A fight over which hospitals bear the brunt of federal cuts to Medicaid disproportionate-share hospital payments could linger throughout the year if Congress doesn’t restore billions in funding that is set to be reduced Oct. 1.
NYC Health & Hospitals on Wednesday told the City Council why a state formula that determines how the state distributes disproportionate-share hospital payments needs to change. The program is intended to offset costs incurred by hospitals that treat large numbers of Medicaid and uninsured patients.
Previous cuts to the program brought NYC Health & Hospitals to the brink of being unable to pay its workforce on time in fall 2017; Congress restored the funding in February 2018.
The municipal health system and several researchers have said voluntary hospitals that provide a small amount of charity care are overcompensated. The state administers the $3.6 billion in federal DSH funding, including $1.1 billion that is part of its indigent care pool.
Because of the way funding is distributed, NYC Health & Hospitals has lower priority than voluntary and other public hospitals, the Citizens Budget Commission explained in a report last year. As a result NYC Health & Hospitals would suffer the first $700 million in DSH cuts, which are expected to total $1.3 billion starting Oct. 1 if Congress does not act, according to testimony from NYC Health & Hospitals CEO Dr. Mitchell Katz.
“With such large reimbursement cuts looming on the horizon, New York State should move towards driving more DSH funding to hospitals that provide the most care to low-income and uninsured patients,” Katz said.
A study from researcher Roosa Tikkanen found public hospitals provided 58% of care to the uninsured but received only one-seventh of funding from the indigent care pool.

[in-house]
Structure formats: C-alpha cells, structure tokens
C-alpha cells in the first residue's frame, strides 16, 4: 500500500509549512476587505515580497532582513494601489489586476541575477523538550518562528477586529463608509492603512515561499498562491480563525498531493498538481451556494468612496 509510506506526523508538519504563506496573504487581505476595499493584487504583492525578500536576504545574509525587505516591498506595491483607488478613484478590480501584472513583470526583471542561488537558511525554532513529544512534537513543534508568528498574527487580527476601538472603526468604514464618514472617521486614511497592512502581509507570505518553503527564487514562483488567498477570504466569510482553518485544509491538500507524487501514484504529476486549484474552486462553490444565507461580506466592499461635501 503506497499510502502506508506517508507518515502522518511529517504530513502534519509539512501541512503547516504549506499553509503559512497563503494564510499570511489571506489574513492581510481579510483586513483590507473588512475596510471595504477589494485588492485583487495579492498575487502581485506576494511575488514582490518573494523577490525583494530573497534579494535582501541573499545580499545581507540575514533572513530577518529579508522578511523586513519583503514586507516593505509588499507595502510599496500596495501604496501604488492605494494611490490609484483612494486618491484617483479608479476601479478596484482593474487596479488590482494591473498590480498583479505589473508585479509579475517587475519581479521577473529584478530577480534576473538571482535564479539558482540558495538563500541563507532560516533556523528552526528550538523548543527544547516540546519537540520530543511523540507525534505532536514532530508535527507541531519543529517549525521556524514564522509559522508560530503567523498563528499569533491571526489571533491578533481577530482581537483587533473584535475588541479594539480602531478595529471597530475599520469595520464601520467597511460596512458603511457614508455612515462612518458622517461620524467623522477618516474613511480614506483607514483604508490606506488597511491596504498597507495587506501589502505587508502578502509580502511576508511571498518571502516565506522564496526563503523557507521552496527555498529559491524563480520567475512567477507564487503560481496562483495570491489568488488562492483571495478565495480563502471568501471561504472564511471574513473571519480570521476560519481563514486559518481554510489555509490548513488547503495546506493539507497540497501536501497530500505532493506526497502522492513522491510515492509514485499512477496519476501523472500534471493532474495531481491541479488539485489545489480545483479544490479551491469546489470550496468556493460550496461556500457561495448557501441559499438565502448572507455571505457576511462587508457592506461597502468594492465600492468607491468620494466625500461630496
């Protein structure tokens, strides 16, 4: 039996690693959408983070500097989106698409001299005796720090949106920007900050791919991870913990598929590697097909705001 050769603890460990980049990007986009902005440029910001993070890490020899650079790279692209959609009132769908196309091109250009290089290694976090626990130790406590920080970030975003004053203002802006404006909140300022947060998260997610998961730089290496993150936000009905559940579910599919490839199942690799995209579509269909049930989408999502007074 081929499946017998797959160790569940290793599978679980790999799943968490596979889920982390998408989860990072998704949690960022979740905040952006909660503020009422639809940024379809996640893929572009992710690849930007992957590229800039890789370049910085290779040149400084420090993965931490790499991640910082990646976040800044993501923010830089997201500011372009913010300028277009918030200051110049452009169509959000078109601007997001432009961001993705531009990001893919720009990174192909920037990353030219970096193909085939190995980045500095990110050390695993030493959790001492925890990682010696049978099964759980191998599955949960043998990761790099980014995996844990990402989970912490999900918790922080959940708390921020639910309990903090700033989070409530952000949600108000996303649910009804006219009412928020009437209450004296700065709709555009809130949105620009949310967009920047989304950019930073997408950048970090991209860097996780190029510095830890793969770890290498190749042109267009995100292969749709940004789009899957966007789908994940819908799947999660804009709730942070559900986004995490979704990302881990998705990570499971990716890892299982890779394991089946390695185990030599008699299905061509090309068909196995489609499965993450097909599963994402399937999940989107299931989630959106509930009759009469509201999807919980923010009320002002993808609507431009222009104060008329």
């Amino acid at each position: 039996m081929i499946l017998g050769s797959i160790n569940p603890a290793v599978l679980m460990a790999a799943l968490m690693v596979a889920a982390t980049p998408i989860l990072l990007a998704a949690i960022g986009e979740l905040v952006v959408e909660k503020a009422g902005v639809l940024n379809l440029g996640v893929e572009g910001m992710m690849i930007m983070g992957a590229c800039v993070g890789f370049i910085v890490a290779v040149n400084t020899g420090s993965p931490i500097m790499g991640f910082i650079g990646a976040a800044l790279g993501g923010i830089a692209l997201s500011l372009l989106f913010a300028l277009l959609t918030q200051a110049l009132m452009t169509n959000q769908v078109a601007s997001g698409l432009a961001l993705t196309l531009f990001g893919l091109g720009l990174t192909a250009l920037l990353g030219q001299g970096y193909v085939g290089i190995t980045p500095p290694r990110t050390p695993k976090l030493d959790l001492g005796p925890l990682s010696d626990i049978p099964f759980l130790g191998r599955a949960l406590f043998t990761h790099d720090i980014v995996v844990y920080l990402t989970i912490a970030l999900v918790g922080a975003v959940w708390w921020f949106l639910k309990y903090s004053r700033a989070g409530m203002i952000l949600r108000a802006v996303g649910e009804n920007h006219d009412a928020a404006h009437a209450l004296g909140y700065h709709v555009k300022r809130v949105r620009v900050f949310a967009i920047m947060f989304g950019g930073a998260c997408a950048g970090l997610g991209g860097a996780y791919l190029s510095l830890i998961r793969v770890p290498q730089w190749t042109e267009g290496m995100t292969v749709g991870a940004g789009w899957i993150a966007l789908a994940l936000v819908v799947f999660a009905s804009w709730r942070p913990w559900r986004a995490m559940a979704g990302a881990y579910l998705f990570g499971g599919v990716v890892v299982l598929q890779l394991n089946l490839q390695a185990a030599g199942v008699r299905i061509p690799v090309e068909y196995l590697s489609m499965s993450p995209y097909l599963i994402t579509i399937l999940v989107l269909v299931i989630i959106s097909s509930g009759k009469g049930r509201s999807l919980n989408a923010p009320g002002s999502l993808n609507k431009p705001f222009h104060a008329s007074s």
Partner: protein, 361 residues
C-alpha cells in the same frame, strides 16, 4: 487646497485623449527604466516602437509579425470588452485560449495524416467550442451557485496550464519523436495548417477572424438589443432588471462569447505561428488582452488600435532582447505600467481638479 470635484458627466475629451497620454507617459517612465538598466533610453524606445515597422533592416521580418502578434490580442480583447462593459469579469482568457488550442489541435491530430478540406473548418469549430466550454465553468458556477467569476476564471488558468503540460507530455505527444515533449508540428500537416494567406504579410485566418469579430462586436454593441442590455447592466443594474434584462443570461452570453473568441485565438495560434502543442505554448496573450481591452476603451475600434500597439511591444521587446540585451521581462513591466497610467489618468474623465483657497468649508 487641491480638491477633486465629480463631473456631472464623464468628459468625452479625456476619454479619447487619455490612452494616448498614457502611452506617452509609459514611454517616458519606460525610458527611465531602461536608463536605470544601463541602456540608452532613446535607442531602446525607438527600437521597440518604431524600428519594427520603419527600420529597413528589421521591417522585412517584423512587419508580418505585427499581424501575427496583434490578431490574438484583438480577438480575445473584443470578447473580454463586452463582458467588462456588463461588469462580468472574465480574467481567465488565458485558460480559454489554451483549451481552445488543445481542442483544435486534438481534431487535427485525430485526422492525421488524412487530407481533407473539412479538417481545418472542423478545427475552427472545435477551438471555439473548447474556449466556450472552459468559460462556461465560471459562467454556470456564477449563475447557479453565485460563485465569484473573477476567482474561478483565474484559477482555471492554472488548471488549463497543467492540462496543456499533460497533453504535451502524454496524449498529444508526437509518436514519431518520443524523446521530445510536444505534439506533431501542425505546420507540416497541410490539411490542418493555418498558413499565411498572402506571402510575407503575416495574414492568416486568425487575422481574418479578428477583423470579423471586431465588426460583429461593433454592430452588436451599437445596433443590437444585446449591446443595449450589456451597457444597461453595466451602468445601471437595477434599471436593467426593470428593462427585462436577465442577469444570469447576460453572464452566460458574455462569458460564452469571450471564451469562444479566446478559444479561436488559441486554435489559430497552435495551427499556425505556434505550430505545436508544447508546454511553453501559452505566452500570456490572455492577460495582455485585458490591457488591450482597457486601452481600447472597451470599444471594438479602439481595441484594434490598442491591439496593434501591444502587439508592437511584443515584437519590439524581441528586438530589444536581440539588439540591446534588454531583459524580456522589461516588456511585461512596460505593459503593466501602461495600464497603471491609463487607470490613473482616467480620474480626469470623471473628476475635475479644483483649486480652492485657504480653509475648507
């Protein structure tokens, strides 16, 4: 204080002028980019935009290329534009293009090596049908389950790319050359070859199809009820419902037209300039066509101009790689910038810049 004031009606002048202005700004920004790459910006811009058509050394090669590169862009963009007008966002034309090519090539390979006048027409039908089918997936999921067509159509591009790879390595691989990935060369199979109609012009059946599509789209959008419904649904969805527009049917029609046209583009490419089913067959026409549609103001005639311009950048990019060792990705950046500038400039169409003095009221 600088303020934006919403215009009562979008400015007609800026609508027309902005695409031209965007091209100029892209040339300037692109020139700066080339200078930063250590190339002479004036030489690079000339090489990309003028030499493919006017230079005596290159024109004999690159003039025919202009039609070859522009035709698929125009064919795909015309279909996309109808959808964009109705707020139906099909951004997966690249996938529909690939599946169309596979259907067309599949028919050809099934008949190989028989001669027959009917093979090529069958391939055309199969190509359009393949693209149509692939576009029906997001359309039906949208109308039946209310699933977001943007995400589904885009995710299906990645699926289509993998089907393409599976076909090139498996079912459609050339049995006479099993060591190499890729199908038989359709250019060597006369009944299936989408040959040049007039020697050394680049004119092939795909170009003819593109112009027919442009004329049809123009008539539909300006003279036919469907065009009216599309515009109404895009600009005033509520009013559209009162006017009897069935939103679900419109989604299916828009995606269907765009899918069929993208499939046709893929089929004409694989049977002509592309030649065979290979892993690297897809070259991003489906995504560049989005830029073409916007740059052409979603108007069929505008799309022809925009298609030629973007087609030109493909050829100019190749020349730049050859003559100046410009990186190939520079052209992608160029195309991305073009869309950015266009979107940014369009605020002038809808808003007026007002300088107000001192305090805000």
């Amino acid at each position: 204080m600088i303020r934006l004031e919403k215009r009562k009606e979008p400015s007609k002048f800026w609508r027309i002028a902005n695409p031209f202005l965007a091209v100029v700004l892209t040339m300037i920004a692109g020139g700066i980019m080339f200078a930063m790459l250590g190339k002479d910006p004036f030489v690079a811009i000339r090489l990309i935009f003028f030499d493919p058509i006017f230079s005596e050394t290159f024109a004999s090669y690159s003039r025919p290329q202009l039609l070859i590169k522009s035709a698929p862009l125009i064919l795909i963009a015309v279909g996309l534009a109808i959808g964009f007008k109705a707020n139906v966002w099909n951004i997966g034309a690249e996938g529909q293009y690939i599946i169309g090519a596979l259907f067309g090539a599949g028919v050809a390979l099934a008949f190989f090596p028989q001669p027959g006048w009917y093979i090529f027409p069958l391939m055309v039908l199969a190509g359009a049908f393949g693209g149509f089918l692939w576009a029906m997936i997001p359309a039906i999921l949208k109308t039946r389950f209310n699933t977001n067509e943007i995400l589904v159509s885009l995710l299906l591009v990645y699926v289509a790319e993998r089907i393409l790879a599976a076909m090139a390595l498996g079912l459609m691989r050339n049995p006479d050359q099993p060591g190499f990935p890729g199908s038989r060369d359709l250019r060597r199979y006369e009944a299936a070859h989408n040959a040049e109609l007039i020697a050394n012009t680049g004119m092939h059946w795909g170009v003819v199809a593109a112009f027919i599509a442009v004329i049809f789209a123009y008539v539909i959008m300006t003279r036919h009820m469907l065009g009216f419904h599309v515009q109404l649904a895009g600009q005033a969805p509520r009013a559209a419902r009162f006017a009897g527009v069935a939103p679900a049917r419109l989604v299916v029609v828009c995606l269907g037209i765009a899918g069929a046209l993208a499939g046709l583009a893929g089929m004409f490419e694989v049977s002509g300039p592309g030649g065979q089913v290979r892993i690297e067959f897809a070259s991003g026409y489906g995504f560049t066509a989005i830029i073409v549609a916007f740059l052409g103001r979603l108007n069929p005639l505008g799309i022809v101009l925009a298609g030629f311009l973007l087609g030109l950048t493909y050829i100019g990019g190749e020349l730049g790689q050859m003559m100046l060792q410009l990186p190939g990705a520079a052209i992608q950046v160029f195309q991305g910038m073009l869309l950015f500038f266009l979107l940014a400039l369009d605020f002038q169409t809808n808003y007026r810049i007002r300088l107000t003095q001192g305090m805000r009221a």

“The current methodology continues to utilize a problematic structure that arguably doesn’t take uncompensated care into account as heavily as it should,” Councilwoman Carlina Rivera, chairwoman of the council’s hospitals committee, said Wednesday.
Statewide, 88% of hospitals received some payment from the indigent care pool. A 2012 change to the funding formula aimed to direct more money toward hospitals that care for a greater share of Medicaid and uninsured patients. The state created a transitional period to avoid stripping hospitals of a revenue source too quickly. But that transition, which will have lasting effects through 2050, has perpetuated a system that rewards hospitals that provide a small share of charity care and punishes facilities serving the neediest, said Elisabeth Benjamin, vice president of health initiatives at the Community Service Society of New York.
“We’re one of the few states that spreads DSH money around like peanut butter,” Benjamin said. “It’s really unusual, and it’s got to stop.”
A proposal by a coalition led by NYC Health & Hospitals would eliminate the transitional period and provide enhanced Medicaid payment rates to public hospitals.
Elisabeth Wynn, executive vice president of health economics and finance at the Greater New York Hospital Association, said the trade group’s board has not taken a stance on changes to the funding formula. She said getting Congress to delay the DSH cuts is GNYHA’s top priority in Washington.
Wynn cautioned that private hospitals serving poor patients, such as Jamaica Hospital in Queens and Brookdale Hospital in Brooklyn, could lose more than $5 million every year if the state abandons its so-called transition collar and redistributes funds.
“The issue of eliminating the collar is really complicated,” she said, “and any solution needs to recognize these unintended consequences.”
The state Department of Health created an indigent care work group last year to examine how the money should be distributed. Its findings have not yet been released.
“NYC Health & Hospitals proposes changes to charity-care payments” originally appeared in Crain’s New York Business.